TRACK 2

R. Punzalan & D. Marsh: Expanding Impact Studies: Native and National Research on Impact Stories of Digitized Ethnographic Collections      

This paper presents two branches of ongoing research generated from the Valuing Our Scans project. The initial research sought to understand the impacts of digitizing ethnographic collections through a year-long study among heritage professionals, asking how heritage professionals and administrators understand the impacts of their ethnographic digitization projects. The pilot study explored how emergent uses and impacts in source communities could be assessed, what data would be appropriate in assessing such projects, what general framework could be used in assessing them, what new and traditional users of digitized collections were emerging, and what the emergent uses of these resources were. The results of that study found that assessing impact for ethnographic collections was indeed possible, and could be accomplished through systematically collecting “impact stories.” Two new studies have been launched from the results of the initial research. First, headed by Ricky Punzalan, aims to produce four user-centered assessment toolkits designed to generate information and feedback on the use of digitized ethnographic resources by Native American communities, K-12 educators, academic researchers, and LAM professionals and administrators. The second project, currently being conducted by Diana Marsh, is a qualitative, ethnographic research drawing on ongoing collaborative digitization efforts at the American Philosophical Society (APS) and its Center for Native American and Indigenous Research (CNAIR) to explore the direct impacts of digitization among Native communities in culturally appropriate ways. This presentation will provide the highlights and key findings of these two research projects.

Z. J. Semlič Rajh: You May Find Only if You Seek Properly: Analysing Users and the Use of Archives Online Database SIRAnet                     

Slovenian Regional Archives offer their users access to archival material through online accessible archival database SIRAnet. This involves a large amount of information in the environment that constantly changes. When searching for information in archival databases users cannot rely on the help of an archivist, as they could if they researched the traditional, paper based finding aids. They can rely only to themselves and their own knowledge and experience. Until the present time the Slovenian archivists have never carried out any serious research about users and their needs and behaviour. The question became an important topic in Slovenian archives only after switching to the description of archives in online accessible database SIRAnet. It has thus become necessary that we begin dealing with the users of archival information systems. The first such survey about users of archival information systems in Slovenia was presented in 2014. For the first time, in the archival profession in Slovenia and in the region, authors tried to introduce the basic concepts and theories in the field of user behaviour in information systems. We confirmed that the Carol Kuhlthau basic model of information search also applies in an environment of archival information systems, the specialty of which is the context. In the continuation of the research of users that started in 2014, the author conducted a detailed analysis of the online accessible database SIRAnet in which she tried to determine how many users of archival services seeks for initial information for their research directly in the online database SIRAnet. Therefore, the author analysed the Log Viewer of the database Query web server and tried to answer the following questions: do users mostly use the full text search or the field search? Do the users use the advanced full text search? Do our users use the descriptors search? What fields are mostly used in the field search? What are the most used phrases or words? How many searches are conducted? Do the users use the ability to filter on archival type or description level? and many others. The author also analysed search strategies and their success rates. This paper reports on the results of this analysis.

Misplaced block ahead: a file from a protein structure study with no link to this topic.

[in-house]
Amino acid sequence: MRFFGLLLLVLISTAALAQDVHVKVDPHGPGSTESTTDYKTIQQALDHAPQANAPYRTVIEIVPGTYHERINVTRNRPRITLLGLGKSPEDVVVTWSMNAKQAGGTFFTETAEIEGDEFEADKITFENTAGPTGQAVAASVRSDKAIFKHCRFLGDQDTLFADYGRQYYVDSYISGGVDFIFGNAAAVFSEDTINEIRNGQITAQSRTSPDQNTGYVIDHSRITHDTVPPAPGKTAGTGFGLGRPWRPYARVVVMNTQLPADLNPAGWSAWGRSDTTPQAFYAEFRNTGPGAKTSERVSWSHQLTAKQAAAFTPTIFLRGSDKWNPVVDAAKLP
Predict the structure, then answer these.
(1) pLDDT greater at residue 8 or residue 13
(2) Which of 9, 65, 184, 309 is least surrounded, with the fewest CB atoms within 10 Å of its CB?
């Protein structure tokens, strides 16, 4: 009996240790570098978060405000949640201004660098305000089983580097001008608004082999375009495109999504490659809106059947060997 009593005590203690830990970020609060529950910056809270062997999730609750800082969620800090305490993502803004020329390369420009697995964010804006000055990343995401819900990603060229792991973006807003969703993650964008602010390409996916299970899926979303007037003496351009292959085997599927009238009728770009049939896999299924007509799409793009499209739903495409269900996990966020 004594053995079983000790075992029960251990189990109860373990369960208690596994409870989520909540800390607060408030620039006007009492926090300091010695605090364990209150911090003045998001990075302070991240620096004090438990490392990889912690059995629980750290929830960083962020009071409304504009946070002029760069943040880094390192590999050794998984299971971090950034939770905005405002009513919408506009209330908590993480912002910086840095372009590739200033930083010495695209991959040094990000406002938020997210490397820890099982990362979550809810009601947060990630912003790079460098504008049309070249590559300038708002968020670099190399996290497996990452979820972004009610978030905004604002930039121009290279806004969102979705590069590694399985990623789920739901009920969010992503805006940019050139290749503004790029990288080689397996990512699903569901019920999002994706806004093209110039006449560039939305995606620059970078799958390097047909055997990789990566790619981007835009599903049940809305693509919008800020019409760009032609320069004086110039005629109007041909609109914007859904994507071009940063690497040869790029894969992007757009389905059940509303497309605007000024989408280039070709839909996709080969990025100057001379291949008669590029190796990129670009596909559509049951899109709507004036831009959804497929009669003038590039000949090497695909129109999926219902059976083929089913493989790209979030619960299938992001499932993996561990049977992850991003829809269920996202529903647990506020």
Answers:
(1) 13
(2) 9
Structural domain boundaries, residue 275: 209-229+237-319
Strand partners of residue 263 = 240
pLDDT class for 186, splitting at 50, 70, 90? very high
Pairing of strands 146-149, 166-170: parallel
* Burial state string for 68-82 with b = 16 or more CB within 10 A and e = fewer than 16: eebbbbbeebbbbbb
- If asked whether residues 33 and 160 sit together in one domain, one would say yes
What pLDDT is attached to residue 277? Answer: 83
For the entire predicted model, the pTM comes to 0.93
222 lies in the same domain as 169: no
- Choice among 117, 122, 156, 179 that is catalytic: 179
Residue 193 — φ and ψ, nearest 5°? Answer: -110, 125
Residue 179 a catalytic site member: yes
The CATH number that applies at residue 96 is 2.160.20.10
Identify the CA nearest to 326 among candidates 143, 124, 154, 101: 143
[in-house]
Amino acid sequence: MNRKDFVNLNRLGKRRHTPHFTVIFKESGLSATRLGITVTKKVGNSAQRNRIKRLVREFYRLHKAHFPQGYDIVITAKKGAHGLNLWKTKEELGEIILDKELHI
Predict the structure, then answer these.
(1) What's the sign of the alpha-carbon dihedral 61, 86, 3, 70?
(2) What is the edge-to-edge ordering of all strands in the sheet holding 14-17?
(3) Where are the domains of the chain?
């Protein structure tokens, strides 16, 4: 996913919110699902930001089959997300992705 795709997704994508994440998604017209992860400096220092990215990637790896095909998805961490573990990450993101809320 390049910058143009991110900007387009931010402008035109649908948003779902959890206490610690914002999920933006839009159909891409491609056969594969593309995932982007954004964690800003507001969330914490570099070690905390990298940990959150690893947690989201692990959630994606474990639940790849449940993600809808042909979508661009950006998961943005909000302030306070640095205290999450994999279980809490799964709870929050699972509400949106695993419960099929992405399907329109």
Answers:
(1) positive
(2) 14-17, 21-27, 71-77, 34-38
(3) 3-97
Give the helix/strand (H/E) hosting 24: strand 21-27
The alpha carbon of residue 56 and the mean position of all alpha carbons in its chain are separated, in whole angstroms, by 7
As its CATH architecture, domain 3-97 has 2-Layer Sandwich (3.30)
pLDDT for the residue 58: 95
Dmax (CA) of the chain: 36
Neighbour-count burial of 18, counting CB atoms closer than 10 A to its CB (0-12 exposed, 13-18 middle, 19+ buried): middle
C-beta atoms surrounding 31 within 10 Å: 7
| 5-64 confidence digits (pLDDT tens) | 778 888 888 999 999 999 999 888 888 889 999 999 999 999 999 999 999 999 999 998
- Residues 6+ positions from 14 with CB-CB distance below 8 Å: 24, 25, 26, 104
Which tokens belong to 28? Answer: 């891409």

J. Dorey: Trauma and Healing in the Archives